By: Paul Lorah
Arbitration can block claims from court.
Centers for Medicare and Medicaid Services (CMS) has issued a final decision on a rule proposed in July of 2015 prohibiting binding pre-dispute arbitration agreements in facilities that accept Medicare and Medicaid patients.
Currently, all nursing facilities [including assisted living] have a clause in there admission agreements that force all claims into the private system of justice known as arbitration.
It is the first major overhaul of federal nursing home regulations in a quarter-century.
Last year, when the draft of the rule was first proposed it only required nursing homes that included binding arbitration agreements in their admission contracts to explain the agreements and ensure that patients acknowledge their understanding of them.
The final rule goes a giant step further with its prohibition. This rule will cover all claims against the facility including elder abuse, sexual harassment and even wrongful death and include cutting off funding to facilities that require arbitration clauses as a condition of admission.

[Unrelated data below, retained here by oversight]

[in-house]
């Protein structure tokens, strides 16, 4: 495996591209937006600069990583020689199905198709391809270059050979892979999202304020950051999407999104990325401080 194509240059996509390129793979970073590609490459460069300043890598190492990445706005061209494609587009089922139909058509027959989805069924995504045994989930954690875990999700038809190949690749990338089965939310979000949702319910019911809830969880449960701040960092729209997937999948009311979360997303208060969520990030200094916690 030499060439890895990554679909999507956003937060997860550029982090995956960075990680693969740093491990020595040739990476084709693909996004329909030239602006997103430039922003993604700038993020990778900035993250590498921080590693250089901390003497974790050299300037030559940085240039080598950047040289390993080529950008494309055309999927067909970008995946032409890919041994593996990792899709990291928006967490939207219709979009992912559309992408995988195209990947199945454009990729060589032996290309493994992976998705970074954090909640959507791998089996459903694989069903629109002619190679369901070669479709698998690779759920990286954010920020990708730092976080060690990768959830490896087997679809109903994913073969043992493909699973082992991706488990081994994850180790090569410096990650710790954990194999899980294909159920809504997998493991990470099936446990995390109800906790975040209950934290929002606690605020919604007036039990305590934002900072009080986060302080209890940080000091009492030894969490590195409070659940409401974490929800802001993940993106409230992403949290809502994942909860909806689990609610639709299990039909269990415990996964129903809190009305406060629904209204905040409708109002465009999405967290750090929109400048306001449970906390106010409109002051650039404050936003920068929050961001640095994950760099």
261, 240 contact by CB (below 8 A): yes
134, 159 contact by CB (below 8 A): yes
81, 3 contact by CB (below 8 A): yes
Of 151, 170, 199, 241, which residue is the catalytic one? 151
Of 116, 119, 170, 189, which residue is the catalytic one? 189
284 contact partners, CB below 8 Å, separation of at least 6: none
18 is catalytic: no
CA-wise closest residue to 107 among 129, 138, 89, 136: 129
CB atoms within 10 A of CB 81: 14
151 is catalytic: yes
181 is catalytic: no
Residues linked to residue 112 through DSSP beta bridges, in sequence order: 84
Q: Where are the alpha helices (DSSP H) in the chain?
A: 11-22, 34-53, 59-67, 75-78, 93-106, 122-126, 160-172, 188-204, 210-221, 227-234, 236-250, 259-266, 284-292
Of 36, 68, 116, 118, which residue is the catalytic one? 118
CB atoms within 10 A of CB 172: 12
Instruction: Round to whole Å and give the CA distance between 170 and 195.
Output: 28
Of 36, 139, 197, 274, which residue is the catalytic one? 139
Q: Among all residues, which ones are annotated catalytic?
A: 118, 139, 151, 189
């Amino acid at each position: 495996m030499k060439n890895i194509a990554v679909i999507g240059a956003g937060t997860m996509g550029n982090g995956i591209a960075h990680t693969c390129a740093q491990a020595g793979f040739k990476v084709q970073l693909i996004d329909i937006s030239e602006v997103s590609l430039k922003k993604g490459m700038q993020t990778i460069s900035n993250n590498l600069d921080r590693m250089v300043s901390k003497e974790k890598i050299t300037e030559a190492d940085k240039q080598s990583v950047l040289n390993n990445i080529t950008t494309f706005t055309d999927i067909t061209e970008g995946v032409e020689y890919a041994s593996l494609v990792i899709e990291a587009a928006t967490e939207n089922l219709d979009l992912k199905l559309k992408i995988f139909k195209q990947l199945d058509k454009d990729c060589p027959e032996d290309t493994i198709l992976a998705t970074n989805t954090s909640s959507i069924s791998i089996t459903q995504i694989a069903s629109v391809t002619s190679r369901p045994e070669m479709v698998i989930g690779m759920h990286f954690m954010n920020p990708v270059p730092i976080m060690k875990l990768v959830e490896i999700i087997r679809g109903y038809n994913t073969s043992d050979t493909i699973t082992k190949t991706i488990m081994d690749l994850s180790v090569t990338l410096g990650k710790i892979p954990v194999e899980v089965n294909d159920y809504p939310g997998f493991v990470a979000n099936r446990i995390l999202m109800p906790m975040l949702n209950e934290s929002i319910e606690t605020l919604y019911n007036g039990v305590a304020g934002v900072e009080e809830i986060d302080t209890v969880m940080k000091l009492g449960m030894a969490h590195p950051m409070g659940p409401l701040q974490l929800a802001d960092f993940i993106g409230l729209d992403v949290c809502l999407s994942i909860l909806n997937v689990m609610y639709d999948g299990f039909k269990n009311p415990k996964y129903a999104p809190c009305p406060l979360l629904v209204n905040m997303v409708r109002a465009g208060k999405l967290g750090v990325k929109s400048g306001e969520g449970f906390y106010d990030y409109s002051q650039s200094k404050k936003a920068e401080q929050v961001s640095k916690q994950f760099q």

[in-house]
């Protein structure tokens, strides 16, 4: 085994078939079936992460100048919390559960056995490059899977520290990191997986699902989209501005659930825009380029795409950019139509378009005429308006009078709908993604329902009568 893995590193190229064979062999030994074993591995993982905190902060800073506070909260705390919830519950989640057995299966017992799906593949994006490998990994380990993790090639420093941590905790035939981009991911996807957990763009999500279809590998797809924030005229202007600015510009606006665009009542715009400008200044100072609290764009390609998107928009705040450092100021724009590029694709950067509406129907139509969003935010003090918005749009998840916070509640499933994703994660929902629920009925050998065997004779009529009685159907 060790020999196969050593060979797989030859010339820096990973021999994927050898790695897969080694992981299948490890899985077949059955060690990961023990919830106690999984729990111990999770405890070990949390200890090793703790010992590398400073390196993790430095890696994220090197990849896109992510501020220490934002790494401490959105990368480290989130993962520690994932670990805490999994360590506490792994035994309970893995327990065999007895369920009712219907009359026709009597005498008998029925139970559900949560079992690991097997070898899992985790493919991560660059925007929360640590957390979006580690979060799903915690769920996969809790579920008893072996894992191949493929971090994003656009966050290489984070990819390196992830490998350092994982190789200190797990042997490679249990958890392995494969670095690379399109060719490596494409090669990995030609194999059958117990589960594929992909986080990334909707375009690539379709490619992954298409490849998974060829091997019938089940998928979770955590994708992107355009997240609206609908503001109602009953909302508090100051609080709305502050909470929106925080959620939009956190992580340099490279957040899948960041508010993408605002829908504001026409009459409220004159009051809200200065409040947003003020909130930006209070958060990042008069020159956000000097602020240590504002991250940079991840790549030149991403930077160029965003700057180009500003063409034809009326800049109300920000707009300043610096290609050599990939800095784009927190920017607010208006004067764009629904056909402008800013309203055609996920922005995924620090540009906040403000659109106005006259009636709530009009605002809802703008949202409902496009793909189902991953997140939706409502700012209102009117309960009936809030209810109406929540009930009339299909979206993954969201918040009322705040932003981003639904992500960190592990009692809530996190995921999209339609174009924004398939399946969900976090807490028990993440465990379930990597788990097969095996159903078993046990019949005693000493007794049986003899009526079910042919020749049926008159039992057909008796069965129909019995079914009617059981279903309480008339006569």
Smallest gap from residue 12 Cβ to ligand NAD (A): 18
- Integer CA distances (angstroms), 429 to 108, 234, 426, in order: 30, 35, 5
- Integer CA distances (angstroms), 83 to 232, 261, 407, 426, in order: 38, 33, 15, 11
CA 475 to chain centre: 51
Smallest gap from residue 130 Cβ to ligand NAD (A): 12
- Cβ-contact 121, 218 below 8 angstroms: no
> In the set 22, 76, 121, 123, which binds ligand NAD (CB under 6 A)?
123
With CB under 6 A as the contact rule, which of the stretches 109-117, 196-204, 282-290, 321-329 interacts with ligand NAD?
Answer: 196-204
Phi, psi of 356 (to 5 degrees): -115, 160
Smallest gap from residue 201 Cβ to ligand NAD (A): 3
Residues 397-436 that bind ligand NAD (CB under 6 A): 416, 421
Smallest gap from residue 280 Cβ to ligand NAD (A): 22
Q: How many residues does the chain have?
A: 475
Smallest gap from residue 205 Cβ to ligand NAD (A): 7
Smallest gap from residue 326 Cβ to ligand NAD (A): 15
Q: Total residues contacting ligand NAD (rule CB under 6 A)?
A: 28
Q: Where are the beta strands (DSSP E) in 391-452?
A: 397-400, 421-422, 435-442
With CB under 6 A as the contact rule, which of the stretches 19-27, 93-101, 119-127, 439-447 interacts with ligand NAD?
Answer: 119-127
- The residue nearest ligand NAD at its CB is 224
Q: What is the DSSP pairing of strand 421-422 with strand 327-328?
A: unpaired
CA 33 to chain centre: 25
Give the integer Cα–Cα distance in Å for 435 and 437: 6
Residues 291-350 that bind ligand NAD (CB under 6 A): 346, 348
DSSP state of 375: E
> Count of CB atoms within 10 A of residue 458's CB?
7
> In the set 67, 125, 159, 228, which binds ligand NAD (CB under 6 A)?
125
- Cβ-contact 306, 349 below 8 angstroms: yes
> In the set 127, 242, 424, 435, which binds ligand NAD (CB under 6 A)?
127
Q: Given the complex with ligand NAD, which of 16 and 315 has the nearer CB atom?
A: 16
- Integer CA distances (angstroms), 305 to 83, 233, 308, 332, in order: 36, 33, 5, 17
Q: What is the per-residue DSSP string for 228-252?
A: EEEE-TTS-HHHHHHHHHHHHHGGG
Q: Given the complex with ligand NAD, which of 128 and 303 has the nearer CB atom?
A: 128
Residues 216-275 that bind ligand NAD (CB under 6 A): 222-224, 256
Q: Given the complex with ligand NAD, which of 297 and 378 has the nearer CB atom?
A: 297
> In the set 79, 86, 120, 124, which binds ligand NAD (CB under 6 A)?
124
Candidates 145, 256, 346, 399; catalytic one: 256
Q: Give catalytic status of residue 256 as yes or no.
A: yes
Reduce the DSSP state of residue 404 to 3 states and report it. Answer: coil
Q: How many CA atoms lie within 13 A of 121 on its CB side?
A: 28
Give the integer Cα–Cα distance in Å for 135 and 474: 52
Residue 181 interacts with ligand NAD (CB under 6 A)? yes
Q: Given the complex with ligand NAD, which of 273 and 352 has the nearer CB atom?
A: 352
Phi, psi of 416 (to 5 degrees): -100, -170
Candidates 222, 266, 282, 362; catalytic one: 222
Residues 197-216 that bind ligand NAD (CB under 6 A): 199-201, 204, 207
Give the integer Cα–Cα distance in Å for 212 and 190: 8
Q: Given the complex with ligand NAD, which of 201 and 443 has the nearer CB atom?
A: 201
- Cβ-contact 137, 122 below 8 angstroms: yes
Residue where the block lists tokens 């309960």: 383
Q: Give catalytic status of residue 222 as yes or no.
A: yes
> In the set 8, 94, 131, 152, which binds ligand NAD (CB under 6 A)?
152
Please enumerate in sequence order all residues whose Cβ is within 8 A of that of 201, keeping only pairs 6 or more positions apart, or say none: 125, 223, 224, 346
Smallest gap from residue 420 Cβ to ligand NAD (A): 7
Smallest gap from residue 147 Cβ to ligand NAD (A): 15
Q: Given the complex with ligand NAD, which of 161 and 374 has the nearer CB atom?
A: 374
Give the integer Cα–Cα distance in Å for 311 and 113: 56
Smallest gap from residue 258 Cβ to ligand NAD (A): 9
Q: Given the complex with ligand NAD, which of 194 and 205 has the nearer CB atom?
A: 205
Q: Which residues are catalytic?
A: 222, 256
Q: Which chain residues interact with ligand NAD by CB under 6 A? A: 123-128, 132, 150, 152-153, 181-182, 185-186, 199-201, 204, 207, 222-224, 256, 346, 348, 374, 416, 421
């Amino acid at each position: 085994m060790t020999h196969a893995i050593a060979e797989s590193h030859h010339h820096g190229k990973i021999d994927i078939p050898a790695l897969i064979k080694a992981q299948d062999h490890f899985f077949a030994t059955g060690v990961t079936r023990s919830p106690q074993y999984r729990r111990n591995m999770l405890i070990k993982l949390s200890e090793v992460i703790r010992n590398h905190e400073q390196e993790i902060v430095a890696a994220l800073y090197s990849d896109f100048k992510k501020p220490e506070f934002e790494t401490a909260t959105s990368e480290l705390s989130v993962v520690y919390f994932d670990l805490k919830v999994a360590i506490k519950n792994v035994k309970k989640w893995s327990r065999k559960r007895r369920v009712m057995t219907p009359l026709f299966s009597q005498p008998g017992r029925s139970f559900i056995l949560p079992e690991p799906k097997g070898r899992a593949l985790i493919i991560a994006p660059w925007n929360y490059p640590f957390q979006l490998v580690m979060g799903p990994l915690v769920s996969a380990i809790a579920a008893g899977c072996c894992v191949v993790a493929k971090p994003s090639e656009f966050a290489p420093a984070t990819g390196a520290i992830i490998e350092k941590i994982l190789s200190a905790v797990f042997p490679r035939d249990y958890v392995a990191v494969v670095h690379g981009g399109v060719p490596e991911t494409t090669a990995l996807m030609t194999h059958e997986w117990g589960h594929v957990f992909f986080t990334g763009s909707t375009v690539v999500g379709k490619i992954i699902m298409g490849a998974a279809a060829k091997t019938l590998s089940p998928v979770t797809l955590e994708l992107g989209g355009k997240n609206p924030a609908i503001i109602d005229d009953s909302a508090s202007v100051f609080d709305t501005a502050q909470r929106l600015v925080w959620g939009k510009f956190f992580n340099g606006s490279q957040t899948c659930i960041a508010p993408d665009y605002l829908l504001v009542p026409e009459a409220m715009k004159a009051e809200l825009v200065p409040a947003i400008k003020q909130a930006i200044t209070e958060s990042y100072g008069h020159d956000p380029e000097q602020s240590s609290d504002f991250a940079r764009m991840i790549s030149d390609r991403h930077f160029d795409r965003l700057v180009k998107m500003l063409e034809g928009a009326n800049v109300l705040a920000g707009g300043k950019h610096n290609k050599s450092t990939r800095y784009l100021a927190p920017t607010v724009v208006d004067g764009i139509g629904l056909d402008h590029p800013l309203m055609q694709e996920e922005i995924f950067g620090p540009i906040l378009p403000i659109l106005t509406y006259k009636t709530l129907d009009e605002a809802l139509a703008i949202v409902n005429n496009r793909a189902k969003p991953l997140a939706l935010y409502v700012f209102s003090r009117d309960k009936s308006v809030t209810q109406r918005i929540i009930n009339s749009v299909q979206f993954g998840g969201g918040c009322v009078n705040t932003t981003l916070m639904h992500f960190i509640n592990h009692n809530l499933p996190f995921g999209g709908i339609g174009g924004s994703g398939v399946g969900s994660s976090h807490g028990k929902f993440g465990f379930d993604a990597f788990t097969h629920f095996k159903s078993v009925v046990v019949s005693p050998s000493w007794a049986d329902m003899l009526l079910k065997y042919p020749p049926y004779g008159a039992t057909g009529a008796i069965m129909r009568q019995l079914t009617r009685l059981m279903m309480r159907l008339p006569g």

“With its decision,” the New York Times wrote in its coverage, “[CMS] has restored a fundamental right of millions of elderly Americans across the country: their day in court.”
“The sad reality is that today too many Americans must choose between forfeiting their legal rights and getting adequate medical care".
Lawyers who work with the elderly say that "people are being admitted to nursing homes at one of the most stressful moments of their lives. Distraught and often desperate for a room, prospective residents do not fully grasp what they are signing".
The new rule is scheduled to take effect on November 28 and will affect only future nursing home admissions; pre-existing arbitration agreements will still be enforceable.
Even after the new rule is in effect, after a dispute arises, the resident and the LTC facility may still voluntarily enter into a binding arbitration agreement if both parties agree.
Other provisions of the final rule are targeted at reducing unnecessary hospital readmissions and infections, improving the quality of care, and strengthening safety measures for long-term care facility residents.
Author Paul Lorah is a Medicaid and Long Term Care Planning expert who has authored such books as "Planning and Paying for Long Term Care' and "How to Get Medicaid to Pay for Your Long Term Care Costs".
Would you like your admission agreement reviewed? Contact us today 855.471.6771